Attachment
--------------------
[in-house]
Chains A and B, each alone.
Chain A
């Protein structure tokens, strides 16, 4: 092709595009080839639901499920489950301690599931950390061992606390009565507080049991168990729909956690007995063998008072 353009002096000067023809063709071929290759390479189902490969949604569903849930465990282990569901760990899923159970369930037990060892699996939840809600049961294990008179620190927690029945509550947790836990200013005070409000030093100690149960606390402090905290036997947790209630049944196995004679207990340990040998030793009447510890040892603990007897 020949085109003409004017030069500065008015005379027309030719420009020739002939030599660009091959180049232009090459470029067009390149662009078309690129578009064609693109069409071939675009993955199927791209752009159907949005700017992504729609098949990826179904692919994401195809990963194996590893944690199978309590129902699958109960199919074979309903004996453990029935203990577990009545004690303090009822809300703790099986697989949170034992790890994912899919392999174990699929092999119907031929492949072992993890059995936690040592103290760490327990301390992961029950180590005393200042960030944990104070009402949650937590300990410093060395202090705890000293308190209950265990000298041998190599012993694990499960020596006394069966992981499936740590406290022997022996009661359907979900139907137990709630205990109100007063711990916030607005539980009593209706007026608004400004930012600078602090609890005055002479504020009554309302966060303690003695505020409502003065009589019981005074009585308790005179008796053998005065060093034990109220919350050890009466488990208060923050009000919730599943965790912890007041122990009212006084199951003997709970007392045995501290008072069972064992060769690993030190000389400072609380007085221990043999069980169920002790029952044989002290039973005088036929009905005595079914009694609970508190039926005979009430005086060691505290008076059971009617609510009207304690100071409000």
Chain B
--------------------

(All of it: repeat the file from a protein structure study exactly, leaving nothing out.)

[in-house]
Chains A and B, each alone.
Chain A
């Protein structure tokens, strides 16, 4: 092709595009080839639901499920489950301690599931950390061992606390009565507080049991168990729909956690007995063998008072 353009002096000067023809063709071929290759390479189902490969949604569903849930465990282990569901760990899923159970369930037990060892699996939840809600049961294990008179620190927690029945509550947790836990200013005070409000030093100690149960606390402090905290036997947790209630049944196995004679207990340990040998030793009447510890040892603990007897 020949085109003409004017030069500065008015005379027309030719420009020739002939030599660009091959180049232009090459470029067009390149662009078309690129578009064609693109069409071939675009993955199927791209752009159907949005700017992504729609098949990826179904692919994401195809990963194996590893944690199978309590129902699958109960199919074979309903004996453990029935203990577990009545004690303090009822809300703790099986697989949170034992790890994912899919392999174990699929092999119907031929492949072992993890059995936690040592103290760490327990301390992961029950180590005393200042960030944990104070009402949650937590300990410093060395202090705890000293308190209950265990000298041998190599012993694990499960020596006394069966992981499936740590406290022997022996009661359907979900139907137990709630205990109100007063711990916030607005539980009593209706007026608004400004930012600078602090609890005055002479504020009554309302966060303690003695505020409502003065009589019981005074009585308790005179008796053998005065060093034990109220919350050890009466488990208060923050009000919730599943965790912890007041122990009212006084199951003997709970007392045995501290008072069972064992060769690993030190000389400072609380007085221990043999069980169920002790029952044989002290039973005088036929009905005595079914009694609970508190039926005979009430005086060691505290008076059971009617609510009207304690100071409000």
Chain B